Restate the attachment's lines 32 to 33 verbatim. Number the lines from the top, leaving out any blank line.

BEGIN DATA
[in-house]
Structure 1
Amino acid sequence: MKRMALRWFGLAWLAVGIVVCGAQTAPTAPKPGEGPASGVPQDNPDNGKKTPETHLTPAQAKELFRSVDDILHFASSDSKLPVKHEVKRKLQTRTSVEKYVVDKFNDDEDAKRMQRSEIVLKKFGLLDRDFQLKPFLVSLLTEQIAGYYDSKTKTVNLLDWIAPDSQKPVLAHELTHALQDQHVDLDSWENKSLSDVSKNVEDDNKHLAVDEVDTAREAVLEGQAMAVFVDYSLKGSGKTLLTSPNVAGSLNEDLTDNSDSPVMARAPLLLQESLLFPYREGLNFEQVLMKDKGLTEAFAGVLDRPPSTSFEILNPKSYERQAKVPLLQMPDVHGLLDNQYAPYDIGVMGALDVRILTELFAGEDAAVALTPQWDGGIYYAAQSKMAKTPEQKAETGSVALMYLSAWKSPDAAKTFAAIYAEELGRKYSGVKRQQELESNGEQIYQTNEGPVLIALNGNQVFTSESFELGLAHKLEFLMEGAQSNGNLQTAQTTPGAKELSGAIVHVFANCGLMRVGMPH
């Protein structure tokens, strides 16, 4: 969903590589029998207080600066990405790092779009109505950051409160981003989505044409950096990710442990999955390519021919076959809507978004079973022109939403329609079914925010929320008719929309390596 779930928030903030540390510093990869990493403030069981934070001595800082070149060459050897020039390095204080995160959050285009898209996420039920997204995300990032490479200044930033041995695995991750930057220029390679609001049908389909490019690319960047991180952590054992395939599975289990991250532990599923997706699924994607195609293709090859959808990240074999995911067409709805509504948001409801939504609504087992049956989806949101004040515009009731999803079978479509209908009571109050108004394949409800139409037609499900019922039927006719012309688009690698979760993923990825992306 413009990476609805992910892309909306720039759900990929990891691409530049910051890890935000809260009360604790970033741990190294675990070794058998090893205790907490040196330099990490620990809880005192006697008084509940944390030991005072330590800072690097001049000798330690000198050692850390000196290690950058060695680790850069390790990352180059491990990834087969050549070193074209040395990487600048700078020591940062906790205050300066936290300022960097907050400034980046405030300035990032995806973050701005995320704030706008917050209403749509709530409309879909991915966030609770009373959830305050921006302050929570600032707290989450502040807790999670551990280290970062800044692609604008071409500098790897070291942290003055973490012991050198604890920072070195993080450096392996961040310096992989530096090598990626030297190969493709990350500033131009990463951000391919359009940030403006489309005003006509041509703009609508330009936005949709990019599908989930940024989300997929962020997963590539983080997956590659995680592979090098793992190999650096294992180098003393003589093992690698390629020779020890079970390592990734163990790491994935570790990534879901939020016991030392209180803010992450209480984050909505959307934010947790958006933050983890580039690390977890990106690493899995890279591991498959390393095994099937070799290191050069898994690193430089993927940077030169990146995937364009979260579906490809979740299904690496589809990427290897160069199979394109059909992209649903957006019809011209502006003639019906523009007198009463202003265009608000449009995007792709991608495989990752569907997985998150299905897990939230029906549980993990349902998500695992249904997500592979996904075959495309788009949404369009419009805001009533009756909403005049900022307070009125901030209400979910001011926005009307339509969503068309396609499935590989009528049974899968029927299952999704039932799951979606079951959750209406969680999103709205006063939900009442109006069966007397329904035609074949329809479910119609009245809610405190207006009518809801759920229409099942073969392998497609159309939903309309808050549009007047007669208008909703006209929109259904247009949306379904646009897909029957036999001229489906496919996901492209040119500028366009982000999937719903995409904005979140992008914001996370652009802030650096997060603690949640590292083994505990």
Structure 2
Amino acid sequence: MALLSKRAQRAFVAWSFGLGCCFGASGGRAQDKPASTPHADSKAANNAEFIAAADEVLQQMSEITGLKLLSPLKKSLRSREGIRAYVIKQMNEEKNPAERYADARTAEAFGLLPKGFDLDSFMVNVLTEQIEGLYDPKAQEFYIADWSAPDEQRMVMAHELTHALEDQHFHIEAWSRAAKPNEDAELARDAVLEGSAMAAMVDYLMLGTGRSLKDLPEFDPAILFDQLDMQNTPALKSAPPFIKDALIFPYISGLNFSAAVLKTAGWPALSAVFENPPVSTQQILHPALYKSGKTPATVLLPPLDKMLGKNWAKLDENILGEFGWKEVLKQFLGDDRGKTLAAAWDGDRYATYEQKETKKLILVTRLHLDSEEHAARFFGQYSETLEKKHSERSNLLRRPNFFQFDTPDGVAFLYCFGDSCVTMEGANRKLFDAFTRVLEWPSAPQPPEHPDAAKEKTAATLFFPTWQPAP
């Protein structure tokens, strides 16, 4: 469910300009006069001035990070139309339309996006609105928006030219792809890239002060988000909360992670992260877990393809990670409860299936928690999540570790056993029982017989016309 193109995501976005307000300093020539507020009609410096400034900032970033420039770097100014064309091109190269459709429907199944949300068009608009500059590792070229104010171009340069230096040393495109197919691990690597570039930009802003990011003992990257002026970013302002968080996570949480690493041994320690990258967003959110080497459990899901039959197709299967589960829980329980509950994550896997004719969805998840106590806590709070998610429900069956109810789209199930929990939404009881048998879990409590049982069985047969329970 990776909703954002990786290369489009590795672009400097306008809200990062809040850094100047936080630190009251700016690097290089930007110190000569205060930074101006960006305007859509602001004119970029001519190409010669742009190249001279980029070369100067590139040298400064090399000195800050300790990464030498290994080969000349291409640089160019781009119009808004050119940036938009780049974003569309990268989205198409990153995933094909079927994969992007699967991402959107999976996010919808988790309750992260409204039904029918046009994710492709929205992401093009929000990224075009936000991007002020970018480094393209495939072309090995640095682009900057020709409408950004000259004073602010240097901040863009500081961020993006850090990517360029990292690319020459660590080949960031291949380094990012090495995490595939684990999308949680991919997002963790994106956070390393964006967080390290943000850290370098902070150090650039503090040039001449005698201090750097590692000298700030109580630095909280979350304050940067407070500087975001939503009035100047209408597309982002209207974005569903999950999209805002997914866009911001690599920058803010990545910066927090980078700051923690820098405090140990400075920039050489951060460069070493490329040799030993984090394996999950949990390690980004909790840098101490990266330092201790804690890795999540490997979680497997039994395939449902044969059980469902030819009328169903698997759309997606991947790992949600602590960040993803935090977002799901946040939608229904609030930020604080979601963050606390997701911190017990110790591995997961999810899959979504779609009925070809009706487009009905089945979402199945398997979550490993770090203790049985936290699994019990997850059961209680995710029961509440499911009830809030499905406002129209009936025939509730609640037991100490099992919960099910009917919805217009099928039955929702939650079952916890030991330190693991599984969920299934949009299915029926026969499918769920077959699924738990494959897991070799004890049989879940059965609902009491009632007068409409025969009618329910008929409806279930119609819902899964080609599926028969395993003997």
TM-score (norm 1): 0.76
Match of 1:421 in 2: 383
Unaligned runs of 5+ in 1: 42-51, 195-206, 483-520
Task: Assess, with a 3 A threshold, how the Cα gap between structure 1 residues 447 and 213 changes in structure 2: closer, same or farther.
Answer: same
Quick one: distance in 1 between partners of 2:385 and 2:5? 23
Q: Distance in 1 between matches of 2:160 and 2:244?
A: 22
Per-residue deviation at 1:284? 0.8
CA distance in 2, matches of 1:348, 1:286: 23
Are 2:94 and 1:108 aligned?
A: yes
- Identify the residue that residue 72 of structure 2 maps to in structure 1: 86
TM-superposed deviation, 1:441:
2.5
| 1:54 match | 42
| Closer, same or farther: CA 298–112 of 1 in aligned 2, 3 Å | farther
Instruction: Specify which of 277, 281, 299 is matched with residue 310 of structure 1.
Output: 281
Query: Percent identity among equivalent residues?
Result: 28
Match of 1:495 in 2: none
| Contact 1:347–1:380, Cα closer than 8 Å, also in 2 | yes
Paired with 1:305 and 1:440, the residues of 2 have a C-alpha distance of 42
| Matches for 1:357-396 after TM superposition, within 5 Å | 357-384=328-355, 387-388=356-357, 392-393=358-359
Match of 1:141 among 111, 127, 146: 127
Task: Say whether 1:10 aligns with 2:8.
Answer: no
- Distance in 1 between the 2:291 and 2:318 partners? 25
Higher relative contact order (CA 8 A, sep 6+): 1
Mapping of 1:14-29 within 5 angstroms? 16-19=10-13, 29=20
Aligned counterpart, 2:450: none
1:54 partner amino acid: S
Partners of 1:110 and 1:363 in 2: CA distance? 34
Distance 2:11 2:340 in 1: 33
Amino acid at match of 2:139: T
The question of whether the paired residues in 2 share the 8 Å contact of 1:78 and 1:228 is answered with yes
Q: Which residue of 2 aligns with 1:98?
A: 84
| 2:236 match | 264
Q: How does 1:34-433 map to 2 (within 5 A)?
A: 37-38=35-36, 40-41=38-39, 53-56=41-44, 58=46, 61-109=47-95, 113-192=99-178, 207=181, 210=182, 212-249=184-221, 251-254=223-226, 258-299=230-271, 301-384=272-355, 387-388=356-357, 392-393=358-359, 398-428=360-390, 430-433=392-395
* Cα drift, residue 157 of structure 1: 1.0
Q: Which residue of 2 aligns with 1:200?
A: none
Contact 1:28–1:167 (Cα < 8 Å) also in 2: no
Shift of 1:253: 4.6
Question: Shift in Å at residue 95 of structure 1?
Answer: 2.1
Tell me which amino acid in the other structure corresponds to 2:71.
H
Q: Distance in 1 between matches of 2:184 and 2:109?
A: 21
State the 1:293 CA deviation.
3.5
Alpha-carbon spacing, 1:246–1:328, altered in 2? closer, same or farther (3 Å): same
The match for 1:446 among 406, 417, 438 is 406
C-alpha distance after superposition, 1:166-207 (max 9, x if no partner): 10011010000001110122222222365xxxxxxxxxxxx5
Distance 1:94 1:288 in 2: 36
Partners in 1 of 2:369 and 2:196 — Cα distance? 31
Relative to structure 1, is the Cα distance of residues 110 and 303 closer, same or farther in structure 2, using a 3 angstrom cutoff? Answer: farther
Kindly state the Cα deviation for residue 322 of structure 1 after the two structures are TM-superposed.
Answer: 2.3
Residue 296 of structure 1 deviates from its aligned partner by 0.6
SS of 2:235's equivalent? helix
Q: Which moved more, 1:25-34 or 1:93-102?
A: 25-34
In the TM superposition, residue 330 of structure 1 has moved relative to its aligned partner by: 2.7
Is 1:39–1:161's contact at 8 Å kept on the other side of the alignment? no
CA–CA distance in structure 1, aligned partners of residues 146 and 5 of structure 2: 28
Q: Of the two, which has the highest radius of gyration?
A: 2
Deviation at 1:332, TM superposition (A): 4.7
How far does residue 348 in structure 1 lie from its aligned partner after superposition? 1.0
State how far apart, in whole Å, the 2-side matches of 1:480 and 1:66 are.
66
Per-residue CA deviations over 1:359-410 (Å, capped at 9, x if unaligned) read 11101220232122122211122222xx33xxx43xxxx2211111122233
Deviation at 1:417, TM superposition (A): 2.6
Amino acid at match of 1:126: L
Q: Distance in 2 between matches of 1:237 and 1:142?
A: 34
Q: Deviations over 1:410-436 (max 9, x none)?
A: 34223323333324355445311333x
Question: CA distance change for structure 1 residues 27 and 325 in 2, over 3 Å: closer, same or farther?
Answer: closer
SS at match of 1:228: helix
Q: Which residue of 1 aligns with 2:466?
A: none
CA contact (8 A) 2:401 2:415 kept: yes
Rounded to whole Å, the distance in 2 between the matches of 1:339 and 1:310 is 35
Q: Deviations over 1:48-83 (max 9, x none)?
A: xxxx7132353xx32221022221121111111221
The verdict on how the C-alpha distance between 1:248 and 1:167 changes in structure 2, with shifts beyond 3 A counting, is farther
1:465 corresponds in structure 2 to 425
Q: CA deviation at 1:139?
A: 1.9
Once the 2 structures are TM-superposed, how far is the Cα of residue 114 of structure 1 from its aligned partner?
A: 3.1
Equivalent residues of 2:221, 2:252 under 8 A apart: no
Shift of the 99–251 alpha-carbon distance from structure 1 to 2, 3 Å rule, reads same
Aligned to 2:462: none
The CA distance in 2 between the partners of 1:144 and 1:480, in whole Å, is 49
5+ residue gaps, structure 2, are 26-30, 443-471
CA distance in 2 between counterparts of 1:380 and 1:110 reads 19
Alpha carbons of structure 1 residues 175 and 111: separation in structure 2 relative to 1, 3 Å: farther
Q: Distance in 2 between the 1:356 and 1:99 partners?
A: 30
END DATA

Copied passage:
| Matches for 1:357-396 after TM superposition, within 5 Å | 357-384=328-355, 387-388=356-357, 392-393=358-359
Match of 1:141 among 111, 127, 146: 127